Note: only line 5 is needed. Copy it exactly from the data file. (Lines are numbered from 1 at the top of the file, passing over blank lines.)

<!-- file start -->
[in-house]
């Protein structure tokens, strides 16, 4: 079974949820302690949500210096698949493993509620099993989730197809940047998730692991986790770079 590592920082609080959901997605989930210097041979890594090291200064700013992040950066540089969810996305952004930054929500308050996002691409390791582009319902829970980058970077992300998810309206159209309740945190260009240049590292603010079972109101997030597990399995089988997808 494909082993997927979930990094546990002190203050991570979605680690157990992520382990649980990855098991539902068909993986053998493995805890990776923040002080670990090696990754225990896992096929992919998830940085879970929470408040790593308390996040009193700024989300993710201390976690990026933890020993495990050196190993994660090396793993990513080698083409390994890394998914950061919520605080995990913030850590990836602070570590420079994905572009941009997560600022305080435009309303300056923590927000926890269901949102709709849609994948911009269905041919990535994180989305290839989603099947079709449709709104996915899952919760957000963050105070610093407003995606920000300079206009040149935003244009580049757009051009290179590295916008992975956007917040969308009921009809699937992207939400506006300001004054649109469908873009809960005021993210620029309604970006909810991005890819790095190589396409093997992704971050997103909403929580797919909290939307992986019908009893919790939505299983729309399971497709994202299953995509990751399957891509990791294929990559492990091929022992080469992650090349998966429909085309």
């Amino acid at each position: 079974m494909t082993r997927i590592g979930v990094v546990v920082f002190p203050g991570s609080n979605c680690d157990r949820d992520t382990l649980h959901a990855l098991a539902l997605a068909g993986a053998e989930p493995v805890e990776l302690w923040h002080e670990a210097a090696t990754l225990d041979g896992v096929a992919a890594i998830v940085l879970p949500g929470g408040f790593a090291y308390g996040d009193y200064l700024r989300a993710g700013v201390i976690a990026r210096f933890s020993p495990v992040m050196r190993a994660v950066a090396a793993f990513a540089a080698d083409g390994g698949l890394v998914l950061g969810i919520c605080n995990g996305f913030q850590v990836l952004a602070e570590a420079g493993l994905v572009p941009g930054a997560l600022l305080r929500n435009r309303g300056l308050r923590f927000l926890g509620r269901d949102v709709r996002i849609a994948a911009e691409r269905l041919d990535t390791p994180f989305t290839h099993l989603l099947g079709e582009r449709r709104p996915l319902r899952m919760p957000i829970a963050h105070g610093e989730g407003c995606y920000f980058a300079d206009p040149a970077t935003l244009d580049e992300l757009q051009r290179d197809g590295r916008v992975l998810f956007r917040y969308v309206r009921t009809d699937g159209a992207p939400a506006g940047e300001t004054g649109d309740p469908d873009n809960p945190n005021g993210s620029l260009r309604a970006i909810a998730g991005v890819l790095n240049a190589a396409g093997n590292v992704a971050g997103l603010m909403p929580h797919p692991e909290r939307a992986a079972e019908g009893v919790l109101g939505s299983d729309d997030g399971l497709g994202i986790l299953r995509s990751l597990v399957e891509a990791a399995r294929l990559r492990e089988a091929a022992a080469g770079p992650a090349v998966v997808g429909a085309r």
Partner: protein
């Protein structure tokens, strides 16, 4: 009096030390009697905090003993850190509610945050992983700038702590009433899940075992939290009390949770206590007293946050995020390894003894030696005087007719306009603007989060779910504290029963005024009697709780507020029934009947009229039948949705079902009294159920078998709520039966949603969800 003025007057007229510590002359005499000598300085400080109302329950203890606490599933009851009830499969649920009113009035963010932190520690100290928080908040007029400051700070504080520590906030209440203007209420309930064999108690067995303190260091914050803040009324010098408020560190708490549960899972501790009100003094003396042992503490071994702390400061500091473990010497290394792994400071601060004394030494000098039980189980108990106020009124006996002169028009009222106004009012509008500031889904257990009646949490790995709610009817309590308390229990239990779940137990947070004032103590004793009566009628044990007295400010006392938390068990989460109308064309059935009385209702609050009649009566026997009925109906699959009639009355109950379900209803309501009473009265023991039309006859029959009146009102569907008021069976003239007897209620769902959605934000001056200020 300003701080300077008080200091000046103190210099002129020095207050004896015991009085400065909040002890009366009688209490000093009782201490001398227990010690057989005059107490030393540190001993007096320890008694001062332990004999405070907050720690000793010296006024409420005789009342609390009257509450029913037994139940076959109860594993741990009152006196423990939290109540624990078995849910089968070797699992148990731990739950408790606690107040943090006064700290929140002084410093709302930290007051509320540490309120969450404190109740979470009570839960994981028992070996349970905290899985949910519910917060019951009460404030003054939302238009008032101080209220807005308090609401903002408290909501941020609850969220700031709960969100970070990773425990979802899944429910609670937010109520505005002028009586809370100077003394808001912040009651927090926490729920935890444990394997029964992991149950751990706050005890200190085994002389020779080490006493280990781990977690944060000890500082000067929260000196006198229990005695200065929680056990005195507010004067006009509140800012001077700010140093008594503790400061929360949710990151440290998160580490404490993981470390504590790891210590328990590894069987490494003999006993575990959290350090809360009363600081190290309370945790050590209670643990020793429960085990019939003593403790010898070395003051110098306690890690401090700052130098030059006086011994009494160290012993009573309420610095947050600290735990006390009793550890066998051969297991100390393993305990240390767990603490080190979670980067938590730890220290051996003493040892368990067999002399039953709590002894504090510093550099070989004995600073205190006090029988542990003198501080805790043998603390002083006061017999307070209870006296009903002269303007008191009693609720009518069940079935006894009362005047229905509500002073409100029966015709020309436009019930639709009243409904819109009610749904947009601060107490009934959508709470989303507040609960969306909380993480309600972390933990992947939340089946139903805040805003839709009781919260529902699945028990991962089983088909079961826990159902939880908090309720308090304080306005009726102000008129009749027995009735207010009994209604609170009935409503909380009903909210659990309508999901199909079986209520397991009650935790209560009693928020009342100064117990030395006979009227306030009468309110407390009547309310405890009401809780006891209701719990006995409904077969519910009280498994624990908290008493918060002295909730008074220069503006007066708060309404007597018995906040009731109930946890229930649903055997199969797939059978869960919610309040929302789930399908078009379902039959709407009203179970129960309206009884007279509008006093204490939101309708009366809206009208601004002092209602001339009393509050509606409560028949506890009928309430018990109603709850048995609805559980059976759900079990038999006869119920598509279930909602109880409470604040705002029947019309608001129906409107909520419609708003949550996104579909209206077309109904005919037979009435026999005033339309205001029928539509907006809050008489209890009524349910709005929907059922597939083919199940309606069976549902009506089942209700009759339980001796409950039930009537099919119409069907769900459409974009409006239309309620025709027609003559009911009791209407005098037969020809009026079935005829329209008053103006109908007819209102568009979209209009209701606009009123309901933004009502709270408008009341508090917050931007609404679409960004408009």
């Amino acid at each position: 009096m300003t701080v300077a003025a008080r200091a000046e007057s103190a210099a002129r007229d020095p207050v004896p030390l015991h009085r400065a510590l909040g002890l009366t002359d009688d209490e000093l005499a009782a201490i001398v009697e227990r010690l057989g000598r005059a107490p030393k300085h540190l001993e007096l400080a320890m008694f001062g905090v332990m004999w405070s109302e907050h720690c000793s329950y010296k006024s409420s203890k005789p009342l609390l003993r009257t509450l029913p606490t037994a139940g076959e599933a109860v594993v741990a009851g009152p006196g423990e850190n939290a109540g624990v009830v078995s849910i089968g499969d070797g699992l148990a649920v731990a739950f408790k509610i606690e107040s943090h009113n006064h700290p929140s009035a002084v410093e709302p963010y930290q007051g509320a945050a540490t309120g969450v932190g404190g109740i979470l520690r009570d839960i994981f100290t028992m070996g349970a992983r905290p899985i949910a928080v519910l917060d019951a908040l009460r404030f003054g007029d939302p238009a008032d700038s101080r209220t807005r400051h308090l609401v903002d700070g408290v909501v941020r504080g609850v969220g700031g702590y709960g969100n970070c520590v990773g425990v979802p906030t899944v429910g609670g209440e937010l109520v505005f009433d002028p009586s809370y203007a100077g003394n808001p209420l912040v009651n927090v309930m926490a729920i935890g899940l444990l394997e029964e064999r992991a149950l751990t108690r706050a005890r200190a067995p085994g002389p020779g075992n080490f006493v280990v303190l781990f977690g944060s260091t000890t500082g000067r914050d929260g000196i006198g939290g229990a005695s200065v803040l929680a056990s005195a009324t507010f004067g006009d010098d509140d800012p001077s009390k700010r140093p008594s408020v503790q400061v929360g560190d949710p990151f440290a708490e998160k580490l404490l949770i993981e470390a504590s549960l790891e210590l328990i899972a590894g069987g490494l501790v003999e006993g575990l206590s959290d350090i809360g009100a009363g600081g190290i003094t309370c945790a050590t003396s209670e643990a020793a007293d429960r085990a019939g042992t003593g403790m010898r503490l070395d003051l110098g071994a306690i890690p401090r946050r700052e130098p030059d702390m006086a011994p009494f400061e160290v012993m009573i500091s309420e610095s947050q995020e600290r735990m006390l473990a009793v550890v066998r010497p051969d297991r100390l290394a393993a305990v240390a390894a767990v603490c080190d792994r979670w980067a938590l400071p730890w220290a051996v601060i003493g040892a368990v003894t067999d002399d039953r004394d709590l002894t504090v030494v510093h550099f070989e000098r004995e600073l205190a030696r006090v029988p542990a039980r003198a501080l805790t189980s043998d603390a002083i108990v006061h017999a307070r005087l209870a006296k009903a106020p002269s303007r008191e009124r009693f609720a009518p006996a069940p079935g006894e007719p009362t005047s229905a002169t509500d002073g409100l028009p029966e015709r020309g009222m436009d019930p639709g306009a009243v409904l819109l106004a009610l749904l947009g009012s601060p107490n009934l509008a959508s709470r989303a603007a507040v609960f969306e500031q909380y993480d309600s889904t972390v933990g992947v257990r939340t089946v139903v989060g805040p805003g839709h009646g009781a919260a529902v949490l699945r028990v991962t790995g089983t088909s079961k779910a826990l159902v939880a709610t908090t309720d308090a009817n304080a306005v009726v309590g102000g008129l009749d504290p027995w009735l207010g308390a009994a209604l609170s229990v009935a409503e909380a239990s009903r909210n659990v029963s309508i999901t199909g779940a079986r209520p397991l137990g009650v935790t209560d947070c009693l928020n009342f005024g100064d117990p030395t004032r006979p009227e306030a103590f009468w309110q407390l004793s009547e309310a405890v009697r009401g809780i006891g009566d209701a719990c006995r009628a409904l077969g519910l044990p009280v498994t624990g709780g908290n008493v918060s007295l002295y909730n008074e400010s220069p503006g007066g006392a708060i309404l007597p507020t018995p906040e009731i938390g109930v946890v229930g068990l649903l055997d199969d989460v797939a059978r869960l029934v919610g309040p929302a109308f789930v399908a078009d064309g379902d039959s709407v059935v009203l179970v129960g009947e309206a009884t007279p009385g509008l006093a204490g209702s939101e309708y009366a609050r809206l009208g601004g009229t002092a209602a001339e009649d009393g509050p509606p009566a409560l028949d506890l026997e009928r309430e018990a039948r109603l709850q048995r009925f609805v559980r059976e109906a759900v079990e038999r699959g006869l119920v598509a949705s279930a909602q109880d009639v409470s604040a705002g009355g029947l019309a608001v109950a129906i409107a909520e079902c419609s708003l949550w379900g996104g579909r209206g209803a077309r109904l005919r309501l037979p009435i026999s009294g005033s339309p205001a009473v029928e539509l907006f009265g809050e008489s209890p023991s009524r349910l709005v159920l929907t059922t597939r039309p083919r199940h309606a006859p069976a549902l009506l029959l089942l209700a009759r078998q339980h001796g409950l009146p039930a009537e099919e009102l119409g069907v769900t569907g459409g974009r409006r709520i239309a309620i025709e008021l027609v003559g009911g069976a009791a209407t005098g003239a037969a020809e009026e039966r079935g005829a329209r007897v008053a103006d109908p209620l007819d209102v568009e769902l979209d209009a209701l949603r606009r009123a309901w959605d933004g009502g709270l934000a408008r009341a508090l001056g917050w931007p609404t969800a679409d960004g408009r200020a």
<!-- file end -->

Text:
């Protein structure tokens, strides 16, 4: 009096030390009697905090003993850190509610945050992983700038702590009433899940075992939290009390949770206590007293946050995020390894003894030696005087007719306009603007989060779910504290029963005024009697709780507020029934009947009229039948949705079902009294159920078998709520039966949603969800 003025007057007229510590002359005499000598300085400080109302329950203890606490599933009851009830499969649920009113009035963010932190520690100290928080908040007029400051700070504080520590906030209440203007209420309930064999108690067995303190260091914050803040009324010098408020560190708490549960899972501790009100003094003396042992503490071994702390400061500091473990010497290394792994400071601060004394030494000098039980189980108990106020009124006996002169028009009222106004009012509008500031889904257990009646949490790995709610009817309590308390229990239990779940137990947070004032103590004793009566009628044990007295400010006392938390068990989460109308064309059935009385209702609050009649009566026997009925109906699959009639009355109950379900209803309501009473009265023991039309006859029959009146009102569907008021069976003239007897209620769902959605934000001056200020 300003701080300077008080200091000046103190210099002129020095207050004896015991009085400065909040002890009366009688209490000093009782201490001398227990010690057989005059107490030393540190001993007096320890008694001062332990004999405070907050720690000793010296006024409420005789009342609390009257509450029913037994139940076959109860594993741990009152006196423990939290109540624990078995849910089968070797699992148990731990739950408790606690107040943090006064700290929140002084410093709302930290007051509320540490309120969450404190109740979470009570839960994981028992070996349970905290899985949910519910917060019951009460404030003054939302238009008032101080209220807005308090609401903002408290909501941020609850969220700031709960969100970070990773425990979802899944429910609670937010109520505005002028009586809370100077003394808001912040009651927090926490729920935890444990394997029964992991149950751990706050005890200190085994002389020779080490006493280990781990977690944060000890500082000067929260000196006198229990005695200065929680056990005195507010004067006009509140800012001077700010140093008594503790400061929360949710990151440290998160580490404490993981470390504590790891210590328990590894069987490494003999006993575990959290350090809360009363600081190290309370945790050590209670643990020793429960085990019939003593403790010898070395003051110098306690890690401090700052130098030059006086011994009494160290012993009573309420610095947050600290735990006390009793550890066998051969297991100390393993305990240390767990603490080190979670980067938590730890220290051996003493040892368990067999002399039953709590002894504090510093550099070989004995600073205190006090029988542990003198501080805790043998603390002083006061017999307070209870006296009903002269303007008191009693609720009518069940079935006894009362005047229905509500002073409100029966015709020309436009019930639709009243409904819109009610749904947009601060107490009934959508709470989303507040609960969306909380993480309600972390933990992947939340089946139903805040805003839709009781919260529902699945028990991962089983088909079961826990159902939880908090309720308090304080306005009726102000008129009749027995009735207010009994209604609170009935409503909380009903909210659990309508999901199909079986209520397991009650935790209560009693928020009342100064117990030395006979009227306030009468309110407390009547309310405890009401809780006891209701719990006995409904077969519910009280498994624990908290008493918060002295909730008074220069503006007066708060309404007597018995906040009731109930946890229930649903055997199969797939059978869960919610309040929302789930399908078009379902039959709407009203179970129960309206009884007279509008006093204490939101309708009366809206009208601004002092209602001339009393509050509606409560028949506890009928309430018990109603709850048995609805559980059976759900079990038999006869119920598509279930909602109880409470604040705002029947019309608001129906409107909520419609708003949550996104579909209206077309109904005919037979009435026999005033339309205001029928539509907006809050008489209890009524349910709005929907059922597939083919199940309606069976549902009506089942209700009759339980001796409950039930009537099919119409069907769900459409974009409006239309309620025709027609003559009911009791209407005098037969020809009026079935005829329209008053103006109908007819209102568009979209209009209701606009009123309901933004009502709270408008009341508090917050931007609404679409960004408009």